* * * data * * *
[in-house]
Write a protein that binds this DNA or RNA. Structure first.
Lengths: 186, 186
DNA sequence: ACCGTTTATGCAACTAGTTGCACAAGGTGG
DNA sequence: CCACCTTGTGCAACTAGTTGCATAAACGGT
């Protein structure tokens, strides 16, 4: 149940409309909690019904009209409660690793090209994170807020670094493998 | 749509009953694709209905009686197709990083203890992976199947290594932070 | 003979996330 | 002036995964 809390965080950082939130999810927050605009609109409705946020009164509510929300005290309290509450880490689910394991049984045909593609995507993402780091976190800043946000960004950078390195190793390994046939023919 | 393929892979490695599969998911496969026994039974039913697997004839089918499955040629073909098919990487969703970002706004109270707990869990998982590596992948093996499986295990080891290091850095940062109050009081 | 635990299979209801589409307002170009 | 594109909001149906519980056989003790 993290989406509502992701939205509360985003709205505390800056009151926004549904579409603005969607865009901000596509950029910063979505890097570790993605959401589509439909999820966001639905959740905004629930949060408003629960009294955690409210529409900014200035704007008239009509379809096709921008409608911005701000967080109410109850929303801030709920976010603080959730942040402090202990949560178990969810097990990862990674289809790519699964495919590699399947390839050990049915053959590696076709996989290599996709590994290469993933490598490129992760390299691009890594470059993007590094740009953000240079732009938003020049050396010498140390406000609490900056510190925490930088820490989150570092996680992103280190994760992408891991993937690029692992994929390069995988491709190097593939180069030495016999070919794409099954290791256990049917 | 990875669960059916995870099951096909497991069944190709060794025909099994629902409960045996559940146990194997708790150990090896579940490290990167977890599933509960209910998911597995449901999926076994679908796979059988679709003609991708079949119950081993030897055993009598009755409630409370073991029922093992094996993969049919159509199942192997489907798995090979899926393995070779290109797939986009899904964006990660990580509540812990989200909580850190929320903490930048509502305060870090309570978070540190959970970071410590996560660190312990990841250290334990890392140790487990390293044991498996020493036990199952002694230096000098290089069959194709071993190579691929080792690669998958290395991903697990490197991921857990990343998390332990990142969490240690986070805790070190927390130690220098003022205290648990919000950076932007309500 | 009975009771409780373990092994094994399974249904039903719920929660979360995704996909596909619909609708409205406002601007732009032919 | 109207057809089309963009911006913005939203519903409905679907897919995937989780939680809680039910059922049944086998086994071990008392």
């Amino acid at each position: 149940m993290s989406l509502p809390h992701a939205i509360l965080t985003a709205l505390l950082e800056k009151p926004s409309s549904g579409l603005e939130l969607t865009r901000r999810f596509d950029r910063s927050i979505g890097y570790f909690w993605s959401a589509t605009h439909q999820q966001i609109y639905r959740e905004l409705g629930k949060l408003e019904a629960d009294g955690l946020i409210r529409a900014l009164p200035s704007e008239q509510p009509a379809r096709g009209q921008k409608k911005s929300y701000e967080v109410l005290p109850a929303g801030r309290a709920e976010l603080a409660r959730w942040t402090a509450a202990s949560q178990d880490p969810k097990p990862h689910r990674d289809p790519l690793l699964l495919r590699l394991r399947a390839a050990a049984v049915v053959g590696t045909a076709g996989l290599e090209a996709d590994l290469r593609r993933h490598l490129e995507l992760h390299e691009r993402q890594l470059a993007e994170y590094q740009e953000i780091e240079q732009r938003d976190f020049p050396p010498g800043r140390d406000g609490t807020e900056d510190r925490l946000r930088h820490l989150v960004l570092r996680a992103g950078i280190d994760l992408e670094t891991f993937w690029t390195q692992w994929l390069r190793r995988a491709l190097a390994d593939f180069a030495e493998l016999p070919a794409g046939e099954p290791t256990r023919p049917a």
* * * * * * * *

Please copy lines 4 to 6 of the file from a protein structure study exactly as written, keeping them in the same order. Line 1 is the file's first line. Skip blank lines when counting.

DNA sequence: ACCGTTTATGCAACTAGTTGCACAAGGTGG
DNA sequence: CCACCTTGTGCAACTAGTTGCATAAACGGT
């Protein structure tokens, strides 16, 4: 149940409309909690019904009209409660690793090209994170807020670094493998 | 749509009953694709209905009686197709990083203890992976199947290594932070 | 003979996330 | 002036995964 809390965080950082939130999810927050605009609109409705946020009164509510929300005290309290509450880490689910394991049984045909593609995507993402780091976190800043946000960004950078390195190793390994046939023919 | 393929892979490695599969998911496969026994039974039913697997004839089918499955040629073909098919990487969703970002706004109270707990869990998982590596992948093996499986295990080891290091850095940062109050009081 | 635990299979209801589409307002170009 | 594109909001149906519980056989003790 993290989406509502992701939205509360985003709205505390800056009151926004549904579409603005969607865009901000596509950029910063979505890097570790993605959401589509439909999820966001639905959740905004629930949060408003629960009294955690409210529409900014200035704007008239009509379809096709921008409608911005701000967080109410109850929303801030709920976010603080959730942040402090202990949560178990969810097990990862990674289809790519699964495919590699399947390839050990049915053959590696076709996989290599996709590994290469993933490598490129992760390299691009890594470059993007590094740009953000240079732009938003020049050396010498140390406000609490900056510190925490930088820490989150570092996680992103280190994760992408891991993937690029692992994929390069995988491709190097593939180069030495016999070919794409099954290791256990049917 | 990875669960059916995870099951096909497991069944190709060794025909099994629902409960045996559940146990194997708790150990090896579940490290990167977890599933509960209910998911597995449901999926076994679908796979059988679709003609991708079949119950081993030897055993009598009755409630409370073991029922093992094996993969049919159509199942192997489907798995090979899926393995070779290109797939986009899904964006990660990580509540812990989200909580850190929320903490930048509502305060870090309570978070540190959970970071410590996560660190312990990841250290334990890392140790487990390293044991498996020493036990199952002694230096000098290089069959194709071993190579691929080792690669998958290395991903697990490197991921857990990343998390332990990142969490240690986070805790070190927390130690220098003022205290648990919000950076932007309500 | 009975009771409780373990092994094994399974249904039903719920929660979360995704996909596909619909609708409205406002601007732009032919 | 109207057809089309963009911006913005939203519903409905679907897919995937989780939680809680039910059922049944086998086994071990008392």